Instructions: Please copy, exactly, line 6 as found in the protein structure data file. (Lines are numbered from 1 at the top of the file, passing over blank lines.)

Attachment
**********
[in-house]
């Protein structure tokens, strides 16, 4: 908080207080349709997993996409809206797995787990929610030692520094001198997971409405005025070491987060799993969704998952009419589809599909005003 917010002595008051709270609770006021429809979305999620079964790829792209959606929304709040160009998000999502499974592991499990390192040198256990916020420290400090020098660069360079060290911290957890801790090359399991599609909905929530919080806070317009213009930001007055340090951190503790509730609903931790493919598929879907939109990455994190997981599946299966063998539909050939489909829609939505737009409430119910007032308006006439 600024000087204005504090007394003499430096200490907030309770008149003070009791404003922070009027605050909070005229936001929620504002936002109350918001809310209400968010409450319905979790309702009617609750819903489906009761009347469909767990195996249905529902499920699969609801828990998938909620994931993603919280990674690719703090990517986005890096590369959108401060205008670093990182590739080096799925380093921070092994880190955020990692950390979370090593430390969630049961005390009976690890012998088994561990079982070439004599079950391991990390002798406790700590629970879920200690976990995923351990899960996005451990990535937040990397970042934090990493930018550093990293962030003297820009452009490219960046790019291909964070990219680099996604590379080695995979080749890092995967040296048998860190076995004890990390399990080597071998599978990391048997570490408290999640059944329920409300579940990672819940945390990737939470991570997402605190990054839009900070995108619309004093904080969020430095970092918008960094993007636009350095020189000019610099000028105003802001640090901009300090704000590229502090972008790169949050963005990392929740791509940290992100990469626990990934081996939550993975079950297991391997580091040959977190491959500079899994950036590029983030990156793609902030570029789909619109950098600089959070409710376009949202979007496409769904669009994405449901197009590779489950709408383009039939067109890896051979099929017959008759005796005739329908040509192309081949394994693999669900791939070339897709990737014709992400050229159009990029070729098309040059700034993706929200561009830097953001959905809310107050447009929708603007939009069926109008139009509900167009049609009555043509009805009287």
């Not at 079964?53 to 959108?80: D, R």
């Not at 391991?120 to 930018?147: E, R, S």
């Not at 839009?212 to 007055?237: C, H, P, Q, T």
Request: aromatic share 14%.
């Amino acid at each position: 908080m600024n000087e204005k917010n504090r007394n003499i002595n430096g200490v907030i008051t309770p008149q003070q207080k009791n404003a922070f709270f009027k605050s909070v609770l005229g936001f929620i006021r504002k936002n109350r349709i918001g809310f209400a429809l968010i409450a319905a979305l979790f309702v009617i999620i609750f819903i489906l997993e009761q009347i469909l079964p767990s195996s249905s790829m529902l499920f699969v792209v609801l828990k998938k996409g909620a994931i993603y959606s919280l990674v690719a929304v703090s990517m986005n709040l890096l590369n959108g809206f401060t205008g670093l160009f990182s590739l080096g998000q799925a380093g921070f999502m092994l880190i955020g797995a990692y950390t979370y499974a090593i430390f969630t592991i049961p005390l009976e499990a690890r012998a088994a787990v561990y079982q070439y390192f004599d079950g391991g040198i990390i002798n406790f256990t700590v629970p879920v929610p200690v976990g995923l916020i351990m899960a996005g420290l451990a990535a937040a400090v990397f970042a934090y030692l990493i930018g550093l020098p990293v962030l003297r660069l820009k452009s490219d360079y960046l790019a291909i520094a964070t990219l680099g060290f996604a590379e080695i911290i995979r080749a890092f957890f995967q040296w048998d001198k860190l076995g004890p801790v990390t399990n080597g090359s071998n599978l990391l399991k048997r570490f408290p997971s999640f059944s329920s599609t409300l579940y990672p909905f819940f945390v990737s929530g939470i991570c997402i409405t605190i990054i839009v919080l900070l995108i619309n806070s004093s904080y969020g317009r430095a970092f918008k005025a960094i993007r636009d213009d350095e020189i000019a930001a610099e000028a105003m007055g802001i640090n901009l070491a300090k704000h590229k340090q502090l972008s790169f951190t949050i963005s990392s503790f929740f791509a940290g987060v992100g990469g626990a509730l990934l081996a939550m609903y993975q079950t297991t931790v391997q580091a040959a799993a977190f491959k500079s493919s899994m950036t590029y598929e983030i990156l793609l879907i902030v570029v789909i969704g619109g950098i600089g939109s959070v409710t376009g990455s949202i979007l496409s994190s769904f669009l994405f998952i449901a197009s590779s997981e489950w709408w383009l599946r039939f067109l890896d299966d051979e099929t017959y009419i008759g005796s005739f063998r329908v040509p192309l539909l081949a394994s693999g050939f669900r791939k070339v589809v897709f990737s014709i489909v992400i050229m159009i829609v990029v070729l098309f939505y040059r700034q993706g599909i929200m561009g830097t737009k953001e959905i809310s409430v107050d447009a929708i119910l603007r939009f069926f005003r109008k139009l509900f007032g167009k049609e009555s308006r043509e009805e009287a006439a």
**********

Request: aromatic share 14%.